Mt Cube, Orford, NH. 2019-05-09. (Thursday)
Via Mt Cube Trail (Appalachian Trail) Approx 7 miles. 2,909 feet, approx 1,500 elevation gain.
55 dF +/- at the trailhead, 60 dF at summit. Refreshing breeze at the summit.
Unbridled sunshine throughout the day with a light haze.
Trailhead: 1000; Summit; 1230; back at car: 1630. (6.5 hours.)
Views for You!
In retrospect, I’m glad I did this hike. Not that there was any question I would, but this on in particular had a lot of gifts. In contrast to my typical way of blogging trips — that of writing, then posting a lot of photos after — I’m going to put the photos out and narrate them more than normal. The camera came out a lot today, and the pictures took themselves, without question. I really hope people get out and hike this mountain, because it was that fun.
Dartmouth Outing Club has a fantastic write-up, including very detailed mileage of various landmarks. If you’re into that level of detail, I recommend it.
Early on, the trail presented itself as fairly easy. This isn’t a hard mountain. It’s the last mountain on the AT before Moosilauke (assuming a northbound hike). But setting aside the difficulty of hiking up to Maine from Georgia, this one’s not hard at all. The opening mile or two were muddy, but it’s springtime. Overall, the trail wasn’t technical. A few rocks to hop on and over, but not difficult.
The trail is actively shedding water. Brooks weren’t flooded, but probably more swollen than not. Nothing was that hard to cross, though a couple crossings were “thought provoking.”
And, of course, the small ones were picturesque. And calming.
More calm. Wow, that was the defining thing about today: calm.
This is a cellar hole, perhaps a homestead of one S. Chase. Apparently, the road came right up to the home. And time and tide has reversed that incursion. As happens.
This was the steepest part of the trail. The ladder was spanning a slab that likely was slippery. Water was everywhere. It’s certainly mud season.
This is emblematic of one of the nicer parts of the trail. A lot was muddy, but nothing was impassable. And there was a lot of moss, softening the curves, blunting the edges. Serene forest bathing.
Quartzite. That whole thing. Wow. It’s prevalent from Lebanon to Moosilauke.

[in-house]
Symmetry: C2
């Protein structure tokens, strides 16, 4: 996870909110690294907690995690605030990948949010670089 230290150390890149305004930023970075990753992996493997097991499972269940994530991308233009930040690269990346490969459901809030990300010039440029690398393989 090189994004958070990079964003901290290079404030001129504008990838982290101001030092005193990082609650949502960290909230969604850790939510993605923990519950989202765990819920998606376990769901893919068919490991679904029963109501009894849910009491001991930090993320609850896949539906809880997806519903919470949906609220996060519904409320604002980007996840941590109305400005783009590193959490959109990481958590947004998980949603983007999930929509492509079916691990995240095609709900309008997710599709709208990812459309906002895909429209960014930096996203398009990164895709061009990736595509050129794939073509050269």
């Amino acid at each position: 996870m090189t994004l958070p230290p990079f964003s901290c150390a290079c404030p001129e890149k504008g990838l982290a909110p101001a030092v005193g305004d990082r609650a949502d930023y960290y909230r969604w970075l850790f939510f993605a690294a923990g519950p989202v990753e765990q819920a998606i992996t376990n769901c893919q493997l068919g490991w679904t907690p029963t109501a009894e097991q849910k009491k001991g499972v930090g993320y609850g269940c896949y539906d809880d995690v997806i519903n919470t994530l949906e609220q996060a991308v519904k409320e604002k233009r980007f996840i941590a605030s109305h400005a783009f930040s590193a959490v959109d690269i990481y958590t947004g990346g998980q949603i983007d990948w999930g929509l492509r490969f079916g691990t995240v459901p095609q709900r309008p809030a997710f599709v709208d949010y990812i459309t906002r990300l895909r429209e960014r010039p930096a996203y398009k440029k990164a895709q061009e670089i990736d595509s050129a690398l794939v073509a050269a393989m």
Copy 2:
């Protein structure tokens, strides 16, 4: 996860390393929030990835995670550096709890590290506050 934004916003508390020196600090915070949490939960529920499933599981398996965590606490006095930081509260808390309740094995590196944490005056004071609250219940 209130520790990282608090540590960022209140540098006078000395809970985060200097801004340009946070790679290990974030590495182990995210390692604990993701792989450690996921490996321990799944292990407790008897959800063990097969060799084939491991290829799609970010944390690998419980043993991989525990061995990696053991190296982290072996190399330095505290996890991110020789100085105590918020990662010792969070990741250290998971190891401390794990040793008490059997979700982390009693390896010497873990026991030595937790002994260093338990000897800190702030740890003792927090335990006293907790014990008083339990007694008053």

Near the summit is a sign. To the right is a viewpoint to the north. To the left is the Mt Cube summit. Walking out to the north viewpoint takes about 10 minutes and a little bit of up-and-down. But the views are epic.
Moosilauke, Washington (with a spyglass) and then Carrigain, Whiteface, Passaconaway. Also, North Kinsman. In Vermont, all the 4,000 footers except Mansfield were visible. Probably a three state day.
One of four raptors mindlessly soaring around. Plymouth and its wind turbines in the background.
On the way back, another waterfall in a brook. As the sun crossed the sky, some of them got better light and made better photos.
A puncheon bridge. Not too many of these, though with all the mud, some more puncheon or some stepping stones would have been nice. There didn’t seem to be much trail erosion, but try to step lightly.
Not far from the trailhead, a stone wall speaking to the history of these parts.
Red trillium, uttering its color. We saw several that were still mostly closed earlier in the day. I’m jazzed they were open when we saw them on the way back.
Sessile Leaved Bellwort.
Not sure what these guys are. Going to keep looking around. I feel like I’ve seen these before and perhaps even blogged about them. Edit: Eastern Roundleaf Yellow Violets.
Cube is on the Appalachian Trail. And though I thought it a little early, we did indeed meet up with an AT hiker. “Just Don”, who hails from Virginia, set out from Springer about 10 years ago, and hopes to make it to Katahdin by next year. We swapped some info about the trail, and parted ways. Nice guy. Don, may the wind be ever at your back, and the sun fall warmly on your face.
This is one of those mountains that isn’t famous for being on the 48 list, it’s not particularly high, and its views, at least today, weren’t comparable to those of, say, Guyot, Adams, or Franconia Ridge. But it’s a fun mountain. It doesn’t have a panorama of 20 four-thousand-footers, but its views are stellar nonetheless. I kept making mental notes of things to look for when I pass through on my AT hike. And of things I want to see when I come back again, because it was just that much fun. 10/10, would do again.
Nuts and Bolts: The trailhead is on Route 25A in Orford, NH. From 93, take the Tenney Mountain Highway (Route 25) into Wentworth, and turn left onto Route 25A. About 4 1/2 miles later, you’ll see a large sign for Camp Moosilauke on the right, as well as a small brown sign marking the Appalachian Trail. The Mt Cube trailhead is on the left, marked by a typical brown wooden sign.
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